Latin American Countries Stand Against SB 1070

The countries include Mexico, El Salvador, and Brazil.

By Julianne Hing Oct 05, 2010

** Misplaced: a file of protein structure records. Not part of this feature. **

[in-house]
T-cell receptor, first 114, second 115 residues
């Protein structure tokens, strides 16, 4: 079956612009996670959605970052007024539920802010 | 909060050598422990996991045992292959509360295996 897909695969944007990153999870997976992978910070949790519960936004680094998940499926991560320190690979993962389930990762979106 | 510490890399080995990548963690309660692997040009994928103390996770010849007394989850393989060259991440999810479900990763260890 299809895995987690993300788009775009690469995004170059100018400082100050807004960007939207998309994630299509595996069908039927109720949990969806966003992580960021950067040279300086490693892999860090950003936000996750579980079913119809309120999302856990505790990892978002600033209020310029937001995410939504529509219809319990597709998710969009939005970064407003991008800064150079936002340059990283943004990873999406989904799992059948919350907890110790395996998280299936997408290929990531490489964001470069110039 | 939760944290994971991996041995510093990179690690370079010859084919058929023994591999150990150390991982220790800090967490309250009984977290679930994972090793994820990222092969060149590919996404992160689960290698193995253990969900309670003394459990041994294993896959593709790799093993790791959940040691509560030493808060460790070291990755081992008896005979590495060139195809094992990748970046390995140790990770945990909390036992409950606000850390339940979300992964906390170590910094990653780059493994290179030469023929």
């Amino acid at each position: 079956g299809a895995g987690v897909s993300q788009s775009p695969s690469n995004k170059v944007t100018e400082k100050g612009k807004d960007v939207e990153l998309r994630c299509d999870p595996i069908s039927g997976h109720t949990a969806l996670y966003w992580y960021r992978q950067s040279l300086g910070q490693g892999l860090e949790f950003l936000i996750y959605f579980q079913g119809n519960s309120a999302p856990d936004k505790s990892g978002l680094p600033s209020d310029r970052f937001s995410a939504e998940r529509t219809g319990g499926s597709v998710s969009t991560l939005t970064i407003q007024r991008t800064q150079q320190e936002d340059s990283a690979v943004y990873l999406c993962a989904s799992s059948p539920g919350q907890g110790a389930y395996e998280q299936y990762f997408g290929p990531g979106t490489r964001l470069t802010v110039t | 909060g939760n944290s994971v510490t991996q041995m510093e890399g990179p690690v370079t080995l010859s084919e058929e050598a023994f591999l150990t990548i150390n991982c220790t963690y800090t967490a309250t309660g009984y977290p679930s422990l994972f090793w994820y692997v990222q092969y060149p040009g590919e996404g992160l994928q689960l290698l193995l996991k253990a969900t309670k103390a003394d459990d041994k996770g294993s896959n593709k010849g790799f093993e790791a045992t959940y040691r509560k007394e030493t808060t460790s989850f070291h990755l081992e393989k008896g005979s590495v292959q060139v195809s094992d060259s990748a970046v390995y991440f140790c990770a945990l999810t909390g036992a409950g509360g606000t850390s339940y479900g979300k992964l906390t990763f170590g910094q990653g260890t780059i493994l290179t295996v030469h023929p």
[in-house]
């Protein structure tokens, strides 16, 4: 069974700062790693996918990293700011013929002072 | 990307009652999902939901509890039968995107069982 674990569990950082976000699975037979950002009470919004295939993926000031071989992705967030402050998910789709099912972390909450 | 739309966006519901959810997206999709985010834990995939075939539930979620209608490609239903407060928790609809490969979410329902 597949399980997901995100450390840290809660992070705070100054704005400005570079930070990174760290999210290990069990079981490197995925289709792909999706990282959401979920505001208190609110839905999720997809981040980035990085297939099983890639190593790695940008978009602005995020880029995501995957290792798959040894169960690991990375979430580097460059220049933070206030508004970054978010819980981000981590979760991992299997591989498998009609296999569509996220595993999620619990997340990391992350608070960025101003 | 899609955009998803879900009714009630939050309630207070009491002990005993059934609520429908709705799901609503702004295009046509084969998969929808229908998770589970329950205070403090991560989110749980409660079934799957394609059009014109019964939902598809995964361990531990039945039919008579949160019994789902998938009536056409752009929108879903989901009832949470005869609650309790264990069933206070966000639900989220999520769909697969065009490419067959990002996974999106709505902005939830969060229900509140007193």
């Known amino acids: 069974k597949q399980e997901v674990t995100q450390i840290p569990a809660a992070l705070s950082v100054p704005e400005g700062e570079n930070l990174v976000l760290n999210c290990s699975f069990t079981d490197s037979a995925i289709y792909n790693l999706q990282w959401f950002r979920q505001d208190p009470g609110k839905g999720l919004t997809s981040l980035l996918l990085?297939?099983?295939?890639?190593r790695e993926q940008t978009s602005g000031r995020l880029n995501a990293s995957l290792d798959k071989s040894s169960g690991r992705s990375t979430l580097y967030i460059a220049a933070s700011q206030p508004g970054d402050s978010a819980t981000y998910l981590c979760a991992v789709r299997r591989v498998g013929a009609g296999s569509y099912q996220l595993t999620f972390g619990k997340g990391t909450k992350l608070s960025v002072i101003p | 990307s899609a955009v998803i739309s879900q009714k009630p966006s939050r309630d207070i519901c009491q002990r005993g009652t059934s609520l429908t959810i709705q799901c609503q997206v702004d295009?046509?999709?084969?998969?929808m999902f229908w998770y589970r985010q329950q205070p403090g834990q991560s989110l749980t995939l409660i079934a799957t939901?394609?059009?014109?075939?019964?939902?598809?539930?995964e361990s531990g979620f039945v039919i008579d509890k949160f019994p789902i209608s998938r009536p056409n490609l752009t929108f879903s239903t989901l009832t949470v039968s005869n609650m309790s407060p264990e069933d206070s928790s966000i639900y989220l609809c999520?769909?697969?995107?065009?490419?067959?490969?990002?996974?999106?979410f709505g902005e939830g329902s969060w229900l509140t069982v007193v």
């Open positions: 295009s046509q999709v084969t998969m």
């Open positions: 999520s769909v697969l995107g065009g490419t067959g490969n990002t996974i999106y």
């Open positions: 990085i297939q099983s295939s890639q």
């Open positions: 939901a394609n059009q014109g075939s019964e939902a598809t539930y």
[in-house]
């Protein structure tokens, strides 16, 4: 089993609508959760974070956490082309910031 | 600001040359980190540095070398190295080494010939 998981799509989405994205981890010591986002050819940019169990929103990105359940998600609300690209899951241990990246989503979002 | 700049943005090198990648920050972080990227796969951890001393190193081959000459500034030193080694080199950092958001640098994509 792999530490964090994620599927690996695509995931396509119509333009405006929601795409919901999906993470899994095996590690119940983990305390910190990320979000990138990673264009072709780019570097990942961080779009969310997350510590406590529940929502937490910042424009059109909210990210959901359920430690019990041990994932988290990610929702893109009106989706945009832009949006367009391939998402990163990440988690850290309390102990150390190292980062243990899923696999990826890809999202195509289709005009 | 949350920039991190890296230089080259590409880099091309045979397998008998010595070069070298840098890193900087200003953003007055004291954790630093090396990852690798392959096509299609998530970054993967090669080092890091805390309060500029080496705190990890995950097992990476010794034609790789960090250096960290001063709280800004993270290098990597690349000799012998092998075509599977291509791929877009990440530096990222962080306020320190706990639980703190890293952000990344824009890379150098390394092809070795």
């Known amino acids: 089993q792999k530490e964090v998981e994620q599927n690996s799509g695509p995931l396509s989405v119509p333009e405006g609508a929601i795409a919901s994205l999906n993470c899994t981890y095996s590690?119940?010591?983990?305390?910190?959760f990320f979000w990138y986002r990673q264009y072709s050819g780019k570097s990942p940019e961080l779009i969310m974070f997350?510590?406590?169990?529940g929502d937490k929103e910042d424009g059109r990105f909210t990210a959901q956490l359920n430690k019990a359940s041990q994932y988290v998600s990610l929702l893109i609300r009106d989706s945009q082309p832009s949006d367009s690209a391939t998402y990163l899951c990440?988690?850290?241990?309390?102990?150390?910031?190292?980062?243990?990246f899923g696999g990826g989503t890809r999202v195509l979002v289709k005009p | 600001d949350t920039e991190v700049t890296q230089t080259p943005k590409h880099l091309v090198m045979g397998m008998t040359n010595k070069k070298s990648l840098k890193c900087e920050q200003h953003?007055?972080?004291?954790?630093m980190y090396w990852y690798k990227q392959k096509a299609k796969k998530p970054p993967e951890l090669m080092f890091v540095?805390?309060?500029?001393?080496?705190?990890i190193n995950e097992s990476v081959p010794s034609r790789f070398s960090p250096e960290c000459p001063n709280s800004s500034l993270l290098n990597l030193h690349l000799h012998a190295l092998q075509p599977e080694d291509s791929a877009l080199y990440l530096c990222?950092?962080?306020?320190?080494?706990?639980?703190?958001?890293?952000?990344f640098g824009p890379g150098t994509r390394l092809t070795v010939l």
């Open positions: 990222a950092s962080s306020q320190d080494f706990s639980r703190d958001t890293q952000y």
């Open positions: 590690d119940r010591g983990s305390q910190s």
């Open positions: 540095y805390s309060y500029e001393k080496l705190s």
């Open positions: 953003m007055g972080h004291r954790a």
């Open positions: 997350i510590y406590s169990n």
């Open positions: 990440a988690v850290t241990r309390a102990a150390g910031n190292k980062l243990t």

Eleven Latin American countries want permission to urge the Ninth Circuit Court of Appeals to strike down SB 1070, Arizona’s anti-immigrant law. Mexico and a host of other countries petitioned the court on Monday in order to file friend of the court briefs that restate their opposition to the law. In its original language, SB 1070 would have allowed officers enforcing state, local and even civil code to pull over anyone they had "reasonable suspicion" to believe was in the country without papers. It also created a new class of state crimes and punishments for federal civil immigration violations. The law was met with international outrage and organizing. Seven lawsuits were filed challenging the law, including one by the Department of Justice. On July 29, U.S. District Court Judge Susan Bolton granted a partial injunction to block the most controversial parts of the law from going into effect, but the rest of the law, which includes crackdowns on day laborers and strengthened employer sanction laws, [went into effect]( At the time, Mexico, Bolivia, Colombia, El Salvador, Guatemala, Nicaragua, Paraguay and Peru all filed amicus briefs urging Bolton to enjoin SB 1070. Since then, Bolton has thrown two other lawsuits out of court, including one brought by an Arizona police officer. The primary legal challenge against SB 1070 has since moved to the Ninth Circuit Court of Appeals, where both sides have spent the summer refiling documents and motions to argue about the law’s constitutionality in the appeals court. This time, Mexico has been joined by Argentina, Bolivia, Brazil, Chile, Costa Rica, Ecuador, El Salvador, Nicaragua, Paraguay and Peru, who are all prepared to say that SB 1070 would harm international relations between their countries and the U.S. The DOJ is arguing that the federal government alone has the right to create and enforce immigration law, and that Arizona is overstepping its state powers by writing its own immigration policies. In August, Secretary of State Hillary Clinton included the Department of Justice’s lawsuit against Arizona in a document of U.S. achievements to protect human rights that was presented before the U.N. human rights commissioner. Arizona Gov. Jan Brewer, who signed SB 1070 into law on April 23 and has since become the primary spokesperson of the law, [shot a letter]( to Clinton and demanded that the lawsuit be taken off the list.